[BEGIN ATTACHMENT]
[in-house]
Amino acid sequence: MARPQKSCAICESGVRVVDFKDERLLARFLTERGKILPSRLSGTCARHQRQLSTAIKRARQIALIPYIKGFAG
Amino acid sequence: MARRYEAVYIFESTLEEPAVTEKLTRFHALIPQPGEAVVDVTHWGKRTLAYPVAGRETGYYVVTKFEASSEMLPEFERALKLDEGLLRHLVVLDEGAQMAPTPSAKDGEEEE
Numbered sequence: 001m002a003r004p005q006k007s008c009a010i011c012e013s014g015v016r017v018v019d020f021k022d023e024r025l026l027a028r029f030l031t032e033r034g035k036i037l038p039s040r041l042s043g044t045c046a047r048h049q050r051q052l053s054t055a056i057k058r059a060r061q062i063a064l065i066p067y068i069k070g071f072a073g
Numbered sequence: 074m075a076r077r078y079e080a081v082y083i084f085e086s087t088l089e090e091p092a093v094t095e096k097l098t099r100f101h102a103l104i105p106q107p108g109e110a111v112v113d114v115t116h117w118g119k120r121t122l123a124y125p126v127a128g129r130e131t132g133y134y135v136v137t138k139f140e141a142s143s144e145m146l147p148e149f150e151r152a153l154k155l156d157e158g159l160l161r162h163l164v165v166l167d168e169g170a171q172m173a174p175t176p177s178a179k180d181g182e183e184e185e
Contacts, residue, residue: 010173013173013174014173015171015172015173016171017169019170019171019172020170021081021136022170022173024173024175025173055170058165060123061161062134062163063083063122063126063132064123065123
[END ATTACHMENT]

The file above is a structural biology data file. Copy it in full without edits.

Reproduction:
[in-house]
Amino acid sequence: MARPQKSCAICESGVRVVDFKDERLLARFLTERGKILPSRLSGTCARHQRQLSTAIKRARQIALIPYIKGFAG
Amino acid sequence: MARRYEAVYIFESTLEEPAVTEKLTRFHALIPQPGEAVVDVTHWGKRTLAYPVAGRETGYYVVTKFEASSEMLPEFERALKLDEGLLRHLVVLDEGAQMAPTPSAKDGEEEE
Numbered sequence: 001m002a003r004p005q006k007s008c009a010i011c012e013s014g015v016r017v018v019d020f021k022d023e024r025l026l027a028r029f030l031t032e033r034g035k036i037l038p039s040r041l042s043g044t045c046a047r048h049q050r051q052l053s054t055a056i057k058r059a060r061q062i063a064l065i066p067y068i069k070g071f072a073g
Numbered sequence: 074m075a076r077r078y079e080a081v082y083i084f085e086s087t088l089e090e091p092a093v094t095e096k097l098t099r100f101h102a103l104i105p106q107p108g109e110a111v112v113d114v115t116h117w118g119k120r121t122l123a124y125p126v127a128g129r130e131t132g133y134y135v136v137t138k139f140e141a142s143s144e145m146l147p148e149f150e151r152a153l154k155l156d157e158g159l160l161r162h163l164v165v166l167d168e169g170a171q172m173a174p175t176p177s178a179k180d181g182e183e184e185e
Contacts, residue, residue: 010173013173013174014173015171015172015173016171017169019170019171019172020170021081021136022170022173024173024175025173055170058165060123061161062134062163063083063122063126063132064123065123